Caring For Your Senior Dog: How To Help Them In Their Golden Years



We all age, it’s a fact of life we cannot escape from. The same is true of your pet dog, and as he gets into his senior years, you will notice changes. Arthritis can become a problem, and you will notice this if your dog tires quicker when you take him out on the daily walk. There may also be issues around weight-loss, and this is symptomatic of dental disease and other health conditions, such as heart and kidney disease. Alternatively, you may also see a gain in weight, especially if your dog no longer enjoys exercise as much as he used to. So, what can you do to care for your dog in his advancing years? Here are a few tips to make your dog’s life as comfortable as possible.

See your vet on a regular basis


It doesn’t matter if your dog appears well or not; you should still schedule regular appointments for your pet, as some illnesses may not be easily apparent. As mentioned in our introduction, your pooch will experience bodily changes as he gets older, and the health issues surrounded with these can be alleviated by regular health checks. Your vet will give you all the advice you need, and it may be possible to keep your dog in tip-top condition, despite his age.


Feed your dog the appropriate food


Your vet will advise you on the correct meal plan for your dog, though you can often choose the right food by checking the food labels on the products at your local supermarket or pet store. In some cases, your dog will need an adjustment to his diet, especially if he has shown significant weight-loss or weight-gain. A special diet may also be prescribed by your vet, in the event your dog is suffering from one of the common diseases associated with old age. You should also consider supplementing your dog’s diet if he has arthritic problems, adding turmeric paste for dogs and anything containing fatty acids, such as salmon and anchovies.


Tailor the exercise routine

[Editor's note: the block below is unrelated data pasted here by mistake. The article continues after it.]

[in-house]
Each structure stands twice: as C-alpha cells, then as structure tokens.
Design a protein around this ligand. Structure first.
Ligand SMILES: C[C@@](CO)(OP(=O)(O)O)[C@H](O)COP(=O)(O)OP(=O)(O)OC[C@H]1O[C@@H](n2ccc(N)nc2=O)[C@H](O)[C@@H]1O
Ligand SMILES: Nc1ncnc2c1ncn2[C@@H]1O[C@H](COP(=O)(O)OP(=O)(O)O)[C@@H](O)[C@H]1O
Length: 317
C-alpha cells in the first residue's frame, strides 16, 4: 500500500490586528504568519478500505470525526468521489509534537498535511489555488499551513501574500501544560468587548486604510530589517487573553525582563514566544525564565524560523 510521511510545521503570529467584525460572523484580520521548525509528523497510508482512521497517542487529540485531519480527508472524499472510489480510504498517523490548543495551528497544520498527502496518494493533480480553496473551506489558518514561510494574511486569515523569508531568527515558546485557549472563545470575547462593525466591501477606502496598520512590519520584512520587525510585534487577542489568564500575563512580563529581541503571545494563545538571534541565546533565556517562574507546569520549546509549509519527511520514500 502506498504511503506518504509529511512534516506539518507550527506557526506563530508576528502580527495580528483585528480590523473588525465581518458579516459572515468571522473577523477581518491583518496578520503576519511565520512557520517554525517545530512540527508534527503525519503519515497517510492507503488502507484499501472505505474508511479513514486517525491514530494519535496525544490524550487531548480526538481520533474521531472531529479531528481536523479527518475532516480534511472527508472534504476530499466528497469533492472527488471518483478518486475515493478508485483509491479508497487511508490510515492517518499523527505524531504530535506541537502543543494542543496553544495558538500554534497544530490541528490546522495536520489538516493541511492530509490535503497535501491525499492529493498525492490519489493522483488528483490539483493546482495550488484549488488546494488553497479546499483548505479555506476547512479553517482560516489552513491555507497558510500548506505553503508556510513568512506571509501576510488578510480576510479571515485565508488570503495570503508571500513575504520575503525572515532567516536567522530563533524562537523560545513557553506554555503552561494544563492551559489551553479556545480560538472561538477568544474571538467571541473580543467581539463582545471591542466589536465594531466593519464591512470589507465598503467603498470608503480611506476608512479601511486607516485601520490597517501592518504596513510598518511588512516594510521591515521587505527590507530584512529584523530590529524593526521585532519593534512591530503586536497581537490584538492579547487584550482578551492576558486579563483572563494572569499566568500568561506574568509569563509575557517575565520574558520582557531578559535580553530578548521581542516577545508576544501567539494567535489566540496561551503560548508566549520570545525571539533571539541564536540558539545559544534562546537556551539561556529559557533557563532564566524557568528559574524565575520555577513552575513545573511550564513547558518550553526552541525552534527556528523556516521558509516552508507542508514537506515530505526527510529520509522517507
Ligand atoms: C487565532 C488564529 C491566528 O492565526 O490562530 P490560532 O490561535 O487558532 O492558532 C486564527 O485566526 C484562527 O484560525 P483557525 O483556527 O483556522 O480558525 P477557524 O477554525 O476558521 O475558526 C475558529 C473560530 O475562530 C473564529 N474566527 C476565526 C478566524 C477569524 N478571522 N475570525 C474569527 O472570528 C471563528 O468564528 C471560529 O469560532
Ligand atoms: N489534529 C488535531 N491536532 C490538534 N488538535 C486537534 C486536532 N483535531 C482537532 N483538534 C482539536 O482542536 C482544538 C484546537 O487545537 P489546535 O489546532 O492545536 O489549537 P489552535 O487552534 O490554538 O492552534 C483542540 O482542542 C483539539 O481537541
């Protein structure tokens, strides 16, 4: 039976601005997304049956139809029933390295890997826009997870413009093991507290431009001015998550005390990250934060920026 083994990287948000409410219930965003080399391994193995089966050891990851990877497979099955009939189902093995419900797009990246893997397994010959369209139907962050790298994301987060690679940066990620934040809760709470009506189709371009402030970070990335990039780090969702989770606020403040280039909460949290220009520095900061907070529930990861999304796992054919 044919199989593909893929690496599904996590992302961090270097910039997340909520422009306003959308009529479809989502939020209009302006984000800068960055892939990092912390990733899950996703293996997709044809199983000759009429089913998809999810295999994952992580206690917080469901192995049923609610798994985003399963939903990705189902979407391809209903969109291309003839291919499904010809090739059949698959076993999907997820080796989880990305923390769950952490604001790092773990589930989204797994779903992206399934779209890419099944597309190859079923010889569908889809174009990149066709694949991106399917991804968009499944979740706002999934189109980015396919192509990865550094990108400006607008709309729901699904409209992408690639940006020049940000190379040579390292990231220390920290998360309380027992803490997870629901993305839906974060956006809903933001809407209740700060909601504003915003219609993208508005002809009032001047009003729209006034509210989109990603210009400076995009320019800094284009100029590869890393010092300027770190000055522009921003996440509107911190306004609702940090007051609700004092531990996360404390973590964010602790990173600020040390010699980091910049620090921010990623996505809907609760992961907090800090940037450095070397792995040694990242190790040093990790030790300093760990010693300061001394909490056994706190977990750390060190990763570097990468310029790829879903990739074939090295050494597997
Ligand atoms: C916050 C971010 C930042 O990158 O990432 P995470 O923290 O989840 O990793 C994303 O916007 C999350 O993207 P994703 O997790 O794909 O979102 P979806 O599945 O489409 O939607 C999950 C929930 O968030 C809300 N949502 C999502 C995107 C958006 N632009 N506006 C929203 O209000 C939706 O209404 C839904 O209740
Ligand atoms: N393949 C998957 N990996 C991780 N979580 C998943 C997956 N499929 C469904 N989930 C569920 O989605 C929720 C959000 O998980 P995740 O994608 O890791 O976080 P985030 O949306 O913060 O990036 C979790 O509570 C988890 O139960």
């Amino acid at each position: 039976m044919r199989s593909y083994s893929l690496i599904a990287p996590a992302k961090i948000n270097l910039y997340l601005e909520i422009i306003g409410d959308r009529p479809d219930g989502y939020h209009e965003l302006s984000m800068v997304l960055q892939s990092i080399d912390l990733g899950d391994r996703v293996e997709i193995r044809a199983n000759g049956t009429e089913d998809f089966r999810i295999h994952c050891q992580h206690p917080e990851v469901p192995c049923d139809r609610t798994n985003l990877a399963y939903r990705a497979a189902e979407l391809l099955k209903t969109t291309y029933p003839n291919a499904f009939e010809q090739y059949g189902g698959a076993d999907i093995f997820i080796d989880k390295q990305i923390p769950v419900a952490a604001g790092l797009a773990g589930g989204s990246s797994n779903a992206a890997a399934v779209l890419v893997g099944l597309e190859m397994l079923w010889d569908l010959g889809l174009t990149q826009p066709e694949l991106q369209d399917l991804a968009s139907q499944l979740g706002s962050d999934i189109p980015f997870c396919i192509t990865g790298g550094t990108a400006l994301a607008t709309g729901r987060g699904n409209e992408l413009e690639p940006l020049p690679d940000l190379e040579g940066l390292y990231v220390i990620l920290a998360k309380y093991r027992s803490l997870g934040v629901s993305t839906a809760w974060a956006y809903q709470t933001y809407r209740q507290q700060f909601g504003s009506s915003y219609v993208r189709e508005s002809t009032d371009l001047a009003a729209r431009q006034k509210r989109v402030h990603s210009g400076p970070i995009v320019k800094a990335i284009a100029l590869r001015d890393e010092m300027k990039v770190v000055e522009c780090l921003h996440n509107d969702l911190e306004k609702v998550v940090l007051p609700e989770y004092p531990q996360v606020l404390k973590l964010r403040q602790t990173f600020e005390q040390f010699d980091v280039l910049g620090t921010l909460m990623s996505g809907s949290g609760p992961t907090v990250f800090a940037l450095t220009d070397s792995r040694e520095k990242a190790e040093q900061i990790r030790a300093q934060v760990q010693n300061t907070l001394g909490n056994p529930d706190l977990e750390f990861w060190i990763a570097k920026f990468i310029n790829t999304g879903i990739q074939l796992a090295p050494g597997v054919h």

You will understand the importance of exercise for your dog, though you will need to tailor the exercise routine as your canine companion gets older. Despite your dog’s reluctance to get off the sofa, you should still maintain a daily walk to maintain healthy bones and joints. They may not be able to walk as much as they used to, so if you spot signs of tiredness or stiff joints, cut down the amount of exercise accordingly. It’s also important to speak to your vet for advice, especially if your dog is suffering from particular health issues in his advanced years.


Cater for mental stimulation


As a dog’s physical health declines with age, so will their mental capacities. Specialists call this Cognitive Dysfunction Syndrome, and the symptoms are those found within dementia. Humans will continue to stimulate their minds with crossword puzzles and the like, and you can do the same for dogs by providing mentally stimulating toys to keep their minds active. Of course, playing with toys will not only benefit your dog mentally as continued play will also keep them physically active, too.


Final word


Your dog is part of your family, so you want him to be with you as long as possible. By following the advice above, your dog will enjoy good and better health, despite getting a little long in the tooth.

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